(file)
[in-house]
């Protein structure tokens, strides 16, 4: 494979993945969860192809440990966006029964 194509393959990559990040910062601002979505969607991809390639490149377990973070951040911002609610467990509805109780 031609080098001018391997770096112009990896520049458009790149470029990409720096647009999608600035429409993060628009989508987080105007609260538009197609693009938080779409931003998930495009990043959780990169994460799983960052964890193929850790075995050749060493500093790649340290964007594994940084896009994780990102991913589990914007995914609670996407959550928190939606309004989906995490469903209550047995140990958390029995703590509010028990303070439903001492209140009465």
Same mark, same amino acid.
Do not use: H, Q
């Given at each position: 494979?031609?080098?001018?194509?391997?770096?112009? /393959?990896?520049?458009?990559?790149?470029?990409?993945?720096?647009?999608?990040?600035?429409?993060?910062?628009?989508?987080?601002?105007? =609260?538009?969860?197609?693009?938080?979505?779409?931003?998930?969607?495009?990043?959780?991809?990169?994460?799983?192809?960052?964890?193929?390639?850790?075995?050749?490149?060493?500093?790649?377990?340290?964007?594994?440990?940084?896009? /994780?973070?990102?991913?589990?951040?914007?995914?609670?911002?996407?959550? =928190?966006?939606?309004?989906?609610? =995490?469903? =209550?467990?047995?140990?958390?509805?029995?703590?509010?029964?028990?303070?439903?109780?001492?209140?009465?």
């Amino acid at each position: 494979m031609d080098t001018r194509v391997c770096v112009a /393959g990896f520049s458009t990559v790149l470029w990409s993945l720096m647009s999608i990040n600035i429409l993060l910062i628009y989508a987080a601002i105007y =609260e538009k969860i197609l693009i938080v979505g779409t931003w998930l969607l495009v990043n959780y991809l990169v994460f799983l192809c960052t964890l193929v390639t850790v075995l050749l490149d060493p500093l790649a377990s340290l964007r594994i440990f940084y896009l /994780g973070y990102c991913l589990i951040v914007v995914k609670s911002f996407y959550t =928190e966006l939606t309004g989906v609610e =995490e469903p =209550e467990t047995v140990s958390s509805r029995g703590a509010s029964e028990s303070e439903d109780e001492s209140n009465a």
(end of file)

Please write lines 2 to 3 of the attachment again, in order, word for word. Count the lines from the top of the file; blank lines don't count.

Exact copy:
């Protein structure tokens, strides 16, 4: 494979993945969860192809440990966006029964 194509393959990559990040910062601002979505969607991809390639490149377990973070951040911002609610467990509805109780 031609080098001018391997770096112009990896520049458009790149470029990409720096647009999608600035429409993060628009989508987080105007609260538009197609693009938080779409931003998930495009990043959780990169994460799983960052964890193929850790075995050749060493500093790649340290964007594994940084896009994780990102991913589990914007995914609670996407959550928190939606309004989906995490469903209550047995140990958390029995703590509010028990303070439903001492209140009465």
Same mark, same amino acid.